Synopsis Two: quantitative and qualitative methods

Researchers rely on data to answer questions they ask about things, so they need to ask questions that can be answered by data. "Want to go out for a beer?" would probably not be a good research question. "Do students who sit in the front row get better grades than students who sit in the back row?" is a question data could perhaps help to answer.

Work tends to fall into two categories, basic research and applied research, although the two may overlap. Basic research, without immediate commercial or practical use, is sometimes ridiculed by politicians or uninformed public, but often it is quite important to people who understand the discipline.

While communication is an incredibly broad topic, and may encompass all kinds of research methods, generally it refers to "the process by which participants transmit and assign meanings to messages." (J.C. Reinhard) Communication researchers specialize. Among the data-collection methods they use are those grouped under the qualitative umbrella (historical and critical studies, case studies, participation-observation and ethnographic studies, discourse/conversational analysis, and creative studies) and quantitative umbrella (surveys and experiments). Qualitative research is non-numerical (symbolic) work designed to describe or interpret. Quantitative research is numerical work designed to explain or predict. Under the quantitative/survey area are observational/descriptive surveys, content analysis, and opinion surveys.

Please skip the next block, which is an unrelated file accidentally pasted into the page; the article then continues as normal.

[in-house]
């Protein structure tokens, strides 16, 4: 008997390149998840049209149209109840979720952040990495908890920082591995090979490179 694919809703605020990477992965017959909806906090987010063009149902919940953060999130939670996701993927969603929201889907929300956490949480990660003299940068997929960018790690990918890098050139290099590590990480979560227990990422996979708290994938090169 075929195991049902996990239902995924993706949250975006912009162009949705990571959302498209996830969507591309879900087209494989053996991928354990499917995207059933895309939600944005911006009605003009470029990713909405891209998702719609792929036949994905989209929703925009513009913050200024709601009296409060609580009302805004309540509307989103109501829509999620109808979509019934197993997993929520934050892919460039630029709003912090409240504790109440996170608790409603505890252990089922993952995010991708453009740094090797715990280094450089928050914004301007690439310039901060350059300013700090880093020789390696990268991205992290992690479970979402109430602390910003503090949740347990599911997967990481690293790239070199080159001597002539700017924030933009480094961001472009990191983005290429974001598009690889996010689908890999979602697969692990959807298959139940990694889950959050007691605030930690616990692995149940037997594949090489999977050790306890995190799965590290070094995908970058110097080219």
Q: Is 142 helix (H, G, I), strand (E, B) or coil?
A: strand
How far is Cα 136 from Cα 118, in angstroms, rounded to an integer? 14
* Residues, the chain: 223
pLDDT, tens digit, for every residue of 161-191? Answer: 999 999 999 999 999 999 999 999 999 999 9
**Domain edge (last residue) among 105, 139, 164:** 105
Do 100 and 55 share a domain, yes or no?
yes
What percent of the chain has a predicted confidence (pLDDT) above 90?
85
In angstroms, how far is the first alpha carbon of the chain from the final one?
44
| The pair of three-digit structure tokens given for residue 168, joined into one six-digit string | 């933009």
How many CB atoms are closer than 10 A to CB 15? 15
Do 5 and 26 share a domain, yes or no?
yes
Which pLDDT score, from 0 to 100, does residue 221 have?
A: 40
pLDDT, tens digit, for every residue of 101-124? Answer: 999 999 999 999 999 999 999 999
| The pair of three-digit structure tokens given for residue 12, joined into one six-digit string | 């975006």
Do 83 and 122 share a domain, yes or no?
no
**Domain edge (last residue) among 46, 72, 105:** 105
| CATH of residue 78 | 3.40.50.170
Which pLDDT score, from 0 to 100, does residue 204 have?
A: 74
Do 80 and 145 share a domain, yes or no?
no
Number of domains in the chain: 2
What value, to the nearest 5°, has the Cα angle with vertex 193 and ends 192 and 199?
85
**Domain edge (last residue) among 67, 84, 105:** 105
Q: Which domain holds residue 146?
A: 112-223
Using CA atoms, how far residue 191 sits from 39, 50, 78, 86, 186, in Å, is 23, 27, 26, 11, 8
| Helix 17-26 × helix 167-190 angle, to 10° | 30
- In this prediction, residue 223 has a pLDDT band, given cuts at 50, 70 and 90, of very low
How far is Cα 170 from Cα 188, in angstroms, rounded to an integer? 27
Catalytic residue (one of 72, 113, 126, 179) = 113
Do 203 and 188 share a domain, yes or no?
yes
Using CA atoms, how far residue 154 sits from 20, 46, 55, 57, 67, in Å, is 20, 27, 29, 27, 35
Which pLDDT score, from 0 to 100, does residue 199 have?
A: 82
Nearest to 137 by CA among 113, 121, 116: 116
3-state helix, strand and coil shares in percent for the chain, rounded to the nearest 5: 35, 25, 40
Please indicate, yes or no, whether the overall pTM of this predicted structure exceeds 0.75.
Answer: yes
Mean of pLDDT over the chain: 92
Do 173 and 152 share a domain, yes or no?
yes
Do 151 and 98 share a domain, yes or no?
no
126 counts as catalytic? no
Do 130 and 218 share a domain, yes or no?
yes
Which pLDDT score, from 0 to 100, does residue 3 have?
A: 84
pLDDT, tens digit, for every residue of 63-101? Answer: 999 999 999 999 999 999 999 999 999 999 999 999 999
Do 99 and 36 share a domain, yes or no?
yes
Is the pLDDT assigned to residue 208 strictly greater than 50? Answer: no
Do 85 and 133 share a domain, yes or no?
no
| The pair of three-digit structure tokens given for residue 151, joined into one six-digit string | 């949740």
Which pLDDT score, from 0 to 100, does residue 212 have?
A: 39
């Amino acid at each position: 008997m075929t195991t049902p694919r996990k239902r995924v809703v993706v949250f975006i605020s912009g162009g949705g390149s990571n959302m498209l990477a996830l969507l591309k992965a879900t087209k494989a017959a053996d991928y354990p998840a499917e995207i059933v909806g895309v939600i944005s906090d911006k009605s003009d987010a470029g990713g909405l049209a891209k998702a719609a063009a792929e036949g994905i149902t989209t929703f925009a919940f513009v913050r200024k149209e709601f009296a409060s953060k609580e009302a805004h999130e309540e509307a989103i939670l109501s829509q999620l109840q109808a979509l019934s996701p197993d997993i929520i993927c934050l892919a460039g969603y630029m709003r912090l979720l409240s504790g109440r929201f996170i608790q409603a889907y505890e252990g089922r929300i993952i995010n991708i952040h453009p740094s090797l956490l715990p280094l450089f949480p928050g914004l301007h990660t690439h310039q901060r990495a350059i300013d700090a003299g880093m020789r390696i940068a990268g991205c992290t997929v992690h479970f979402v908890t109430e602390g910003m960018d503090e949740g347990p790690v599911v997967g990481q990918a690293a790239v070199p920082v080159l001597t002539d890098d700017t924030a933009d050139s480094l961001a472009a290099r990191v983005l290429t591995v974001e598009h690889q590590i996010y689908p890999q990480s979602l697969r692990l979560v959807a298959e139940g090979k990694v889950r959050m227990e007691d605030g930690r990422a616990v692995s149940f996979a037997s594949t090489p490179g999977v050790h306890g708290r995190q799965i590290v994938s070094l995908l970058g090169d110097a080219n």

Researchers first choose questions they wish to answer, and then choose a research method best suited to answer them. Sometimes they use more than one method to better answer a question, called "triangulation." Qualities of good research:

* systematic;

* data-driven;

* a sound argument;

* repeatable by others;

* an addition to the dialogue on the subject.


This means that while good comm researchers don't need to be geniuses, they do need:

* the ability to think in an orderly way, critical thinking skills;

* the ability to write clearly;

* the ability to set aside prejudices;

* the ability to stay organized and follow instructions;

* understanding of research methods in communication.